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What is interesting about this poem is the way in which it has been appropriated by Ray Bradbury and used to give meaning to his famous short story of the same name. In a sense, the short story has now become more famous than the poem on which it was orginally based.
However, the original poem by Sara Teasdale is a hopeful poem that looks towards a time when World War I, which had just occurred before the poem was written, will be forgotten, and all the death, suffering and deep scars that it had left will be no more. In addition, the poem points towards the utter insignificance of man and our actions in the face of nature, as nature is personified as not caring if mankind extinguished itself through war:
No one would mind, neither bird nor tree,
If mankind perished utterly:
And Spring herself, when she woke at dawn
Would scarcely know that we were gone.
The meaning of the poem is clear from these lines. After such a momentous world-changing event as World War I, it is clear that this poem tries to remind humans of the large view of history and nature, and how, even though the war was so devastating to that generation, nature remains unchanged and unimpacted by such massive events and stands as a symbol of the ultimately frail nature of humanity and the ephemeral nature of our actions.
This question has already been answered here at eNotes. Here is a link for you: http://www.enotes.com/come-soft/q-and-a/poem-quot-there-will-come-soft-rains-quot-by-sara-22865
Sara Teasdale’s poem, “There Will Come Soft Rains,” was published in 1920. Like many writers of that time, Teasdale tried to grapple with how World War I had changed the world, and that struggle came through in her work. In this poem, which is written in six rhyming couplets, Teasdale introduces a mystical natural world, full of life and color where “Robins will wear their feathery fire/ Whistling their whims on a low fence-wire”. As lovely as this sounds, the seventh line tells readers that this vibrant nature doesn’t care about us at all, and “will never know of the war” that ravaged Europe and Russia from 1914 to 1918, “not one/ Will care at last when it is done.” Nature doesn’t need humans, and doesn’t care about human suffering; in fact, nature would be just as happy if we were all gone and the “frogs in the pool singing at night,/ And wild plums trees in tremulous white” could reclaim the soil we’ve tamed and colonized.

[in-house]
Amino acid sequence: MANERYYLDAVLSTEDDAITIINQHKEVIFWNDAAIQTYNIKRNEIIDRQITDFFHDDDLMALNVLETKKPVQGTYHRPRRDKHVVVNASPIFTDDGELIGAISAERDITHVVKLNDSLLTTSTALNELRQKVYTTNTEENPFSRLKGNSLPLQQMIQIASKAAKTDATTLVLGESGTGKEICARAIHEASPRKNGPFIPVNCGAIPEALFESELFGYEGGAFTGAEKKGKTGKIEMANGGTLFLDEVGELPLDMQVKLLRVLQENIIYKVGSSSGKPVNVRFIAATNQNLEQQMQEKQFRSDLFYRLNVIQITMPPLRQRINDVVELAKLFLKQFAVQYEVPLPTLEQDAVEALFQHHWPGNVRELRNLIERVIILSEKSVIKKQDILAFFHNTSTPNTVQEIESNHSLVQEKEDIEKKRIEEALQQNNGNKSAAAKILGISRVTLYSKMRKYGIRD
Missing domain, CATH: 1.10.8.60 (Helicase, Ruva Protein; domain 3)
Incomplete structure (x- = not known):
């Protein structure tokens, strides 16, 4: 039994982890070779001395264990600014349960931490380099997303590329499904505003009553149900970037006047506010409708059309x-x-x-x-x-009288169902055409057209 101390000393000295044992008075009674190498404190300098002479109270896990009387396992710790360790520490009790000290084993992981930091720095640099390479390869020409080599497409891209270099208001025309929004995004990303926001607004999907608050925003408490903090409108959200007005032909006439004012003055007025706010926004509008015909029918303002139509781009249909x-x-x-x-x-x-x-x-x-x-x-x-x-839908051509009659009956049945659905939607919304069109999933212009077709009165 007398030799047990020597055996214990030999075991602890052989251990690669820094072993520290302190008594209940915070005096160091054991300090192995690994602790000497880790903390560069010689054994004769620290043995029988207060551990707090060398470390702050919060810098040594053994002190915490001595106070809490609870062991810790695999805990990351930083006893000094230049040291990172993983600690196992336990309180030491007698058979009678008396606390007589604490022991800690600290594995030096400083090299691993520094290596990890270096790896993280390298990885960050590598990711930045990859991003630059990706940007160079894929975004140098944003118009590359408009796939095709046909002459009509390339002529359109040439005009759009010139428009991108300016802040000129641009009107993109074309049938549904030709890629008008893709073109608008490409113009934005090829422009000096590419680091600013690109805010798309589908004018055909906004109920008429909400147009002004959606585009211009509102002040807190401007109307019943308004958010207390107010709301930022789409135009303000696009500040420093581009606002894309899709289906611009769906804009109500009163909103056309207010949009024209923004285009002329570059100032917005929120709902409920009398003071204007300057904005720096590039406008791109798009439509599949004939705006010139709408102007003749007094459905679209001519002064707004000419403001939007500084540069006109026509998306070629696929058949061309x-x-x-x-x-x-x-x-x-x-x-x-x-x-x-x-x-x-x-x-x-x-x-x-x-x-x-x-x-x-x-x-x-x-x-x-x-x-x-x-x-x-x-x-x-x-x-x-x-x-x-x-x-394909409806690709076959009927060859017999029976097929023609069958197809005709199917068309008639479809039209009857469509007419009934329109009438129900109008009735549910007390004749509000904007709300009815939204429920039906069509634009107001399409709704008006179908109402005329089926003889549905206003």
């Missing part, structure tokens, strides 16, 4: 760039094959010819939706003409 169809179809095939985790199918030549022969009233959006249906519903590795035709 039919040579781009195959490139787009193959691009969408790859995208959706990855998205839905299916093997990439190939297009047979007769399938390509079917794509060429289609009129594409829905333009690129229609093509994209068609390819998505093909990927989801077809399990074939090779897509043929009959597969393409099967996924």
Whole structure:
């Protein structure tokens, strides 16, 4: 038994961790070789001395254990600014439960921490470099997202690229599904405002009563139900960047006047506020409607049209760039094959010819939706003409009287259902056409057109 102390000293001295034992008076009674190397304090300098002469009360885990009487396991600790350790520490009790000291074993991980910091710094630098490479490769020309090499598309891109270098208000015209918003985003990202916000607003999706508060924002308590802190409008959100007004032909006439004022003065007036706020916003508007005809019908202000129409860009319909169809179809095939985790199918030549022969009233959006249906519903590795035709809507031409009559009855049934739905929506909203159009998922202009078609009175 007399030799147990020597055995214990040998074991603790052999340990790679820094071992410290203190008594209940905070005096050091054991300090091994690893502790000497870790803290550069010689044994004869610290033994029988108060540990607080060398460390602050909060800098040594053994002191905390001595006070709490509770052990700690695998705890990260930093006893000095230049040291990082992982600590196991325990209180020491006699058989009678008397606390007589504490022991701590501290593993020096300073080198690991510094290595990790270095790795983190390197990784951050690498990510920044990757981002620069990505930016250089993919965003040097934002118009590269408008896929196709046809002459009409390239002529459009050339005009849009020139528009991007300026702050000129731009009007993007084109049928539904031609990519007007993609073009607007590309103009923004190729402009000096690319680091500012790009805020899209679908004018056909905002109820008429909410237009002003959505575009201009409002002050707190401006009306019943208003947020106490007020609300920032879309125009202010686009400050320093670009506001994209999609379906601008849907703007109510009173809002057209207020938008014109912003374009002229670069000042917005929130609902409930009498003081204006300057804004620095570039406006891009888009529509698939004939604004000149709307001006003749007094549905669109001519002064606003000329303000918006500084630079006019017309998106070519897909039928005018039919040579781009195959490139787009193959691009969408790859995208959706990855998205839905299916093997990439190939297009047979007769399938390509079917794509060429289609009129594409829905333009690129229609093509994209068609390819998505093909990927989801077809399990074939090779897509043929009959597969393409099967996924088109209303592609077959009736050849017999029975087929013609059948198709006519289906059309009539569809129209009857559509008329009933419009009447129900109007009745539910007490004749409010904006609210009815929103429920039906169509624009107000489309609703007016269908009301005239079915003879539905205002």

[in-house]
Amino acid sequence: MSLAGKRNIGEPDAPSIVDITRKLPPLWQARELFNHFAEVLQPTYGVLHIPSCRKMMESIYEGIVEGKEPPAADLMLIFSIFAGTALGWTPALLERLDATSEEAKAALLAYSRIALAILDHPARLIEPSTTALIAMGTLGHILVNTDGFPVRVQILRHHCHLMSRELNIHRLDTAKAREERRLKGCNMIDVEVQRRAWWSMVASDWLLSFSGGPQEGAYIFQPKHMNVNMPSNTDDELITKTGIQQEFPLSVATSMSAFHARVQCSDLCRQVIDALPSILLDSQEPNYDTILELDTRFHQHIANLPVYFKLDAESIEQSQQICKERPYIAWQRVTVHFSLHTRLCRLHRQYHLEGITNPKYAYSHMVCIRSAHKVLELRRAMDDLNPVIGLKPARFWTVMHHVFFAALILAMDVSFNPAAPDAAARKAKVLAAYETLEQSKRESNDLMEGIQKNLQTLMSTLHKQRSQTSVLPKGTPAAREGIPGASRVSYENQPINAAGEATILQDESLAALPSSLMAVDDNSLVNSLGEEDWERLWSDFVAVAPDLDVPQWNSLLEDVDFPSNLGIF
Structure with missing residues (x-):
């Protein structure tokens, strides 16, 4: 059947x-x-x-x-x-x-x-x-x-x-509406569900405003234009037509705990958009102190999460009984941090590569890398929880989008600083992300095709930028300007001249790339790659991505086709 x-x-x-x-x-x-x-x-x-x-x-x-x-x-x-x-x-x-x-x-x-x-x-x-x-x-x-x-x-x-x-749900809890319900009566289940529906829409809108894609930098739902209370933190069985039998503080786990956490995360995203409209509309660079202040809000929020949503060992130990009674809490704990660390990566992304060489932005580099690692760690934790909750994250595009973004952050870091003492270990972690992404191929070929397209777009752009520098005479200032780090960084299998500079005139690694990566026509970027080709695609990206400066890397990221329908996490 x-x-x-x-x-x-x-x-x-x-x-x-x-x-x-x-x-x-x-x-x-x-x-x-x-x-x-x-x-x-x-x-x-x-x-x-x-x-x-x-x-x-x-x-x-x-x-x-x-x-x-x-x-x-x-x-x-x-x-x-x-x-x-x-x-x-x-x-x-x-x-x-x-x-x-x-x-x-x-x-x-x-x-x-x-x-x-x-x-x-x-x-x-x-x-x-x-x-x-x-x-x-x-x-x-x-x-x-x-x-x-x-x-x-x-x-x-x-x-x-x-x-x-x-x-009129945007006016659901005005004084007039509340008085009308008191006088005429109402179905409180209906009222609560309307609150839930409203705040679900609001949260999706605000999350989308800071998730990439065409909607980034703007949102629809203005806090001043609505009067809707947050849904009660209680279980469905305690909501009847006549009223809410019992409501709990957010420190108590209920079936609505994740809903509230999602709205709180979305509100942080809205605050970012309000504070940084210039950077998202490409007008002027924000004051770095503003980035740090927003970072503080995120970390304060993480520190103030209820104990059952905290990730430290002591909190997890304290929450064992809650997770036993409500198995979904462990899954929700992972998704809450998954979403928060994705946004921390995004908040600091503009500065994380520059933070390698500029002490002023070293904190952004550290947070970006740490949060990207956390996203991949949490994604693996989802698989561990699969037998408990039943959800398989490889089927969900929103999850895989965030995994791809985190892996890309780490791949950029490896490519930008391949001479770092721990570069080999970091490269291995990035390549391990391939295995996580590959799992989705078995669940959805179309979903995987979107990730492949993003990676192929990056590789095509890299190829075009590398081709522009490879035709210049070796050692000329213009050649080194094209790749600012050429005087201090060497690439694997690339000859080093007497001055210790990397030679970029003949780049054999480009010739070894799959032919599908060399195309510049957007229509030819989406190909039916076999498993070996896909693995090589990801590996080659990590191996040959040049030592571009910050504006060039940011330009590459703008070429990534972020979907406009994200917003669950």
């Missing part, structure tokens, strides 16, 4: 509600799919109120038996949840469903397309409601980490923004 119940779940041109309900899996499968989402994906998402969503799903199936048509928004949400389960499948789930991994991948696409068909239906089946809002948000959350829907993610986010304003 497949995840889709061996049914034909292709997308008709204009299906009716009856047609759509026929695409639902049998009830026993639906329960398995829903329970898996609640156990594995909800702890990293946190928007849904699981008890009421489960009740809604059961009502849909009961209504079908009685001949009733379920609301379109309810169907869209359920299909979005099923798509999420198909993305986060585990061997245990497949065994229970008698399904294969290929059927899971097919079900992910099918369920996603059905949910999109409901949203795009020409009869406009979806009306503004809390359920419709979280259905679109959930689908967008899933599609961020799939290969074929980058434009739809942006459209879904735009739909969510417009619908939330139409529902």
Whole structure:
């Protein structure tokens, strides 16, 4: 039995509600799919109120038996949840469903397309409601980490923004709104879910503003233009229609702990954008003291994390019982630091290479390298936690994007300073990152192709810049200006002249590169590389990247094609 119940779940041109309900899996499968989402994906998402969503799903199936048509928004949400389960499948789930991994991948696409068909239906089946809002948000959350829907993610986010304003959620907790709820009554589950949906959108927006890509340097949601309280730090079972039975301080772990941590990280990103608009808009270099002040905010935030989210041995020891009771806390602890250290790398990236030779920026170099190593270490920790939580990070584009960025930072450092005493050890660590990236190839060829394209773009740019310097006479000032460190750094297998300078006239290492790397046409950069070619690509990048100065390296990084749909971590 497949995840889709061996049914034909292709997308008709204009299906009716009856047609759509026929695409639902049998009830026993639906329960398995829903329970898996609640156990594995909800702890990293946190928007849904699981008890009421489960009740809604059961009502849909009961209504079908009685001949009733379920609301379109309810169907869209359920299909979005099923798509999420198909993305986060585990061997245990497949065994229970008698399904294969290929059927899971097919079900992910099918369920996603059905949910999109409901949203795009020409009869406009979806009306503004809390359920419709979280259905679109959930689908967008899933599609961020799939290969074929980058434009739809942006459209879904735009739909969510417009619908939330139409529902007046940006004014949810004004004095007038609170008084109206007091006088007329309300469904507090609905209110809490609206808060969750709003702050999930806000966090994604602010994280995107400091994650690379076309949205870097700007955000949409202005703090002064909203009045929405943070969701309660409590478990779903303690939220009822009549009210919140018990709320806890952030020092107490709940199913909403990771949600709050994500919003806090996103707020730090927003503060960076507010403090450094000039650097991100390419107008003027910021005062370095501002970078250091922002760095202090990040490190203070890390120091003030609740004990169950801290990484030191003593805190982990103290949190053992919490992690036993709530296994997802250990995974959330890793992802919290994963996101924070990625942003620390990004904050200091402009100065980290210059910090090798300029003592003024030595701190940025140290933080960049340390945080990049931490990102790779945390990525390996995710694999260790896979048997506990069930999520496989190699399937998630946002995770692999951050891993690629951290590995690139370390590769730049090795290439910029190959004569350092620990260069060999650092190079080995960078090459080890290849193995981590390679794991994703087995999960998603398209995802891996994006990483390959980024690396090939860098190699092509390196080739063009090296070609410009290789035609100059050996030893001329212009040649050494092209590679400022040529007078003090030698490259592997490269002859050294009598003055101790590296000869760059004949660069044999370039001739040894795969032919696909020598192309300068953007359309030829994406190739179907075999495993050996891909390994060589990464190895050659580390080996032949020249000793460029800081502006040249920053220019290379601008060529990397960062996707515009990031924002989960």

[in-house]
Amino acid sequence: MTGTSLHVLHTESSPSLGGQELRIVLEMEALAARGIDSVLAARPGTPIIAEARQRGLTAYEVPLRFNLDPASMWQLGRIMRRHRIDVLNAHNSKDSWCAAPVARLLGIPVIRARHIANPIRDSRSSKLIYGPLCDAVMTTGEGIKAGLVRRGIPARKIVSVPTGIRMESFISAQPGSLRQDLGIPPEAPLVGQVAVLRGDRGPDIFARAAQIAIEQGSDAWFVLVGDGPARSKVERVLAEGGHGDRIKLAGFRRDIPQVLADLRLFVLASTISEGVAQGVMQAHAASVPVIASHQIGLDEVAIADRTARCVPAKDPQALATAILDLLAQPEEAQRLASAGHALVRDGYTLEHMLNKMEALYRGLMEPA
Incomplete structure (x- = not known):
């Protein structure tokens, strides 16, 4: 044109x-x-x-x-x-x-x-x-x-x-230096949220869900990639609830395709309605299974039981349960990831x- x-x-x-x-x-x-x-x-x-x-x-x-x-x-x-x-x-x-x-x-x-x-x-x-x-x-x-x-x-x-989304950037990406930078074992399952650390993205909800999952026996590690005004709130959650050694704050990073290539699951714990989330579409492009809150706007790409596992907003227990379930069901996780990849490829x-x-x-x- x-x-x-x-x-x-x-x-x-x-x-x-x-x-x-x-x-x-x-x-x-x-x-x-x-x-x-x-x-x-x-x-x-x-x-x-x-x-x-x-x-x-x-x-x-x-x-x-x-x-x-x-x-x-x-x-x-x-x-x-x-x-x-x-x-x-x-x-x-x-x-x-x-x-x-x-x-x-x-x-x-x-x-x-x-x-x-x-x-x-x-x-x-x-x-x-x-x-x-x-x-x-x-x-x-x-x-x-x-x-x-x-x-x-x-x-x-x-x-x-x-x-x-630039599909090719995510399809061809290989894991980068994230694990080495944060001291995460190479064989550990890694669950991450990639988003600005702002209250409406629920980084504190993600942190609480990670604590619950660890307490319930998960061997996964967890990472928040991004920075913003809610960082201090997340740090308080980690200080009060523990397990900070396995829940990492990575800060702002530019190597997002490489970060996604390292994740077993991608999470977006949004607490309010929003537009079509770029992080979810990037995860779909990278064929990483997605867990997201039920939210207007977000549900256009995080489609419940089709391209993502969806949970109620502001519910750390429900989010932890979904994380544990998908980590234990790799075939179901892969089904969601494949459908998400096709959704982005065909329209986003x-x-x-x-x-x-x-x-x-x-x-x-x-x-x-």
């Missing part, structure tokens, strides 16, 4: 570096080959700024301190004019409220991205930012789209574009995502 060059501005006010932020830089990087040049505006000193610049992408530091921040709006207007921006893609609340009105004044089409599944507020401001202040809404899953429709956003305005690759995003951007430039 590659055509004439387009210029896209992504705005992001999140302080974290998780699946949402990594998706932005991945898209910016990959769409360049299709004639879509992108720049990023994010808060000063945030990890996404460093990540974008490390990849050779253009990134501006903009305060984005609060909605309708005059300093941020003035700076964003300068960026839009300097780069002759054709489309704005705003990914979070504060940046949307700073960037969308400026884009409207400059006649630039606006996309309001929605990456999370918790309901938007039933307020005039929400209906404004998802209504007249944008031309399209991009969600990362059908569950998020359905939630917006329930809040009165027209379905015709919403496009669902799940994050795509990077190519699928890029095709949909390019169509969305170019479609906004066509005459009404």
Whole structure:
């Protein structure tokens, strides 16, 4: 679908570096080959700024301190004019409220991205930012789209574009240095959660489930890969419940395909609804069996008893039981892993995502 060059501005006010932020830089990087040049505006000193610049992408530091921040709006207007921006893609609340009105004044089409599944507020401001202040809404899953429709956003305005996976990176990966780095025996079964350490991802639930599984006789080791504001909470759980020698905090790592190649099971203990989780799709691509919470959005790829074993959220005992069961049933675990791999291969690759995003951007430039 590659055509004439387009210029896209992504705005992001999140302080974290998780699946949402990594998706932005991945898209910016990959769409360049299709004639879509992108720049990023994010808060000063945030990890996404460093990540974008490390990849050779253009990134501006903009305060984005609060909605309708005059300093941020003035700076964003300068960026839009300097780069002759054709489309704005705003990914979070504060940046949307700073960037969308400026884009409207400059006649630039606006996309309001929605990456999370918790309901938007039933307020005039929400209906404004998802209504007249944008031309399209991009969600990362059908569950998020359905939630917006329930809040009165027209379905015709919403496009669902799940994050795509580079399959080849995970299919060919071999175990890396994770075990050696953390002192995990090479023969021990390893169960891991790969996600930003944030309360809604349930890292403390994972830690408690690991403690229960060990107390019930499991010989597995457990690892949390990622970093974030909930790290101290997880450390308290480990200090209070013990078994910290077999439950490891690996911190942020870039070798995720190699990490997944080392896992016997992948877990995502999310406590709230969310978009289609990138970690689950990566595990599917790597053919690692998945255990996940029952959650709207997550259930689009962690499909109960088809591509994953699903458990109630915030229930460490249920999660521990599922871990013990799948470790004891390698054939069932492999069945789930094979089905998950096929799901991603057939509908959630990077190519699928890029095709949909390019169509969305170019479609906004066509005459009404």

Because Teasdale personifies much of her imagery, the animals and trees seem humanlike, which furthers the sense that actual humans are absent. And the robin, rather than sitting on a branch or hopping on the ground, is whistling on a fence, which makes clear that the poem isn’t set in the middle of the wilderness, but rather within civilization. Teasdale might be imagining a post-war world in which humans have all but disappeared, leaving the remains of civilization to nature.
The heavy personification could also indicate that Teasdale sees these natural creatures as metaphors for certain types of people; she might imagine a world in which the war-like elements of civilization are absent and unnecessary, leaving only those humans who are “circling with their shimmering sound” and “whistling their whims,” a world in which art and poetry and imagination exist without politics, countries, and wars.
Overall, this poem displays many of the sentiments of the Romantic Era, though Sara Teasdale was born too late to be considered a Romantic poet. “There Will Come Soft Rains” is a reminder to mankind that our actions matter only to us, and that whether or not we struggle and suffer and perish, the world will continue happily.
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